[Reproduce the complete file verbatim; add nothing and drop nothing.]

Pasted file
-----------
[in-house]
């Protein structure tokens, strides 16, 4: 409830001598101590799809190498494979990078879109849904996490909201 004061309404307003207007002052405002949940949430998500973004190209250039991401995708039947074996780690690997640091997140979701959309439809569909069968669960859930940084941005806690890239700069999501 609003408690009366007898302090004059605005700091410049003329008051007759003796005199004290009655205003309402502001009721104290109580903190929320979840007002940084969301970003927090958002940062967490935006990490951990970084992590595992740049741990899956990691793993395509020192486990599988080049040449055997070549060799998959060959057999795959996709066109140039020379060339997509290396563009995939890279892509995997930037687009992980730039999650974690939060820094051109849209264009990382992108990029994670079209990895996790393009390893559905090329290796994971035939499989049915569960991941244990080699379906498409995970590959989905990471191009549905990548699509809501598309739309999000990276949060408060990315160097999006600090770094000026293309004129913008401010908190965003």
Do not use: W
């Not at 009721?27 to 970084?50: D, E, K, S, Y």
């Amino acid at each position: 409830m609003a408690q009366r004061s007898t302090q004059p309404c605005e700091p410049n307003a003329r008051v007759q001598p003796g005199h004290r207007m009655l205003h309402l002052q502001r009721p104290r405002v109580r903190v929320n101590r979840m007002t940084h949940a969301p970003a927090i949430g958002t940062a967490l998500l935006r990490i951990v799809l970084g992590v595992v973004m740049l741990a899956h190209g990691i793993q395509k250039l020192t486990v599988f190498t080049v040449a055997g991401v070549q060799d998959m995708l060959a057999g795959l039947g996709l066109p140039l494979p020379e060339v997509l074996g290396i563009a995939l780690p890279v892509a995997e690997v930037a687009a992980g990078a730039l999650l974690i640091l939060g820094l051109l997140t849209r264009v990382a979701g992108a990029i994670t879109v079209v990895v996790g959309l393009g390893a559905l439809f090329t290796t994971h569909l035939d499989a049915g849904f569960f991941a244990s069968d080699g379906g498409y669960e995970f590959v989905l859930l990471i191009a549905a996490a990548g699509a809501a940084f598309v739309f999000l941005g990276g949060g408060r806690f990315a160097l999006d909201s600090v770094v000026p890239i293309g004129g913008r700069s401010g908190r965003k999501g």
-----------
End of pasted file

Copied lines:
[in-house]
């Protein structure tokens, strides 16, 4: 409830001598101590799809190498494979990078879109849904996490909201 004061309404307003207007002052405002949940949430998500973004190209250039991401995708039947074996780690690997640091997140979701959309439809569909069968669960859930940084941005806690890239700069999501 609003408690009366007898302090004059605005700091410049003329008051007759003796005199004290009655205003309402502001009721104290109580903190929320979840007002940084969301970003927090958002940062967490935006990490951990970084992590595992740049741990899956990691793993395509020192486990599988080049040449055997070549060799998959060959057999795959996709066109140039020379060339997509290396563009995939890279892509995997930037687009992980730039999650974690939060820094051109849209264009990382992108990029994670079209990895996790393009390893559905090329290796994971035939499989049915569960991941244990080699379906498409995970590959989905990471191009549905990548699509809501598309739309999000990276949060408060990315160097999006600090770094000026293309004129913008401010908190965003």
Do not use: W
């Not at 009721?27 to 970084?50: D, E, K, S, Y």
């Amino acid at each position: 409830m609003a408690q009366r004061s007898t302090q004059p309404c605005e700091p410049n307003a003329r008051v007759q001598p003796g005199h004290r207007m009655l205003h309402l002052q502001r009721p104290r405002v109580r903190v929320n101590r979840m007002t940084h949940a969301p970003a927090i949430g958002t940062a967490l998500l935006r990490i951990v799809l970084g992590v595992v973004m740049l741990a899956h190209g990691i793993q395509k250039l020192t486990v599988f190498t080049v040449a055997g991401v070549q060799d998959m995708l060959a057999g795959l039947g996709l066109p140039l494979p020379e060339v997509l074996g290396i563009a995939l780690p890279v892509a995997e690997v930037a687009a992980g990078a730039l999650l974690i640091l939060g820094l051109l997140t849209r264009v990382a979701g992108a990029i994670t879109v079209v990895v996790g959309l393009g390893a559905l439809f090329t290796t994971h569909l035939d499989a049915g849904f569960f991941a244990s069968d080699g379906g498409y669960e995970f590959v989905l859930l990471i191009a549905a996490a990548g699509a809501a940084f598309v739309f999000l941005g990276g949060g408060r806690f990315a160097l999006d909201s600090v770094v000026p890239i293309g004129g913008r700069s401010g908190r965003k999501g």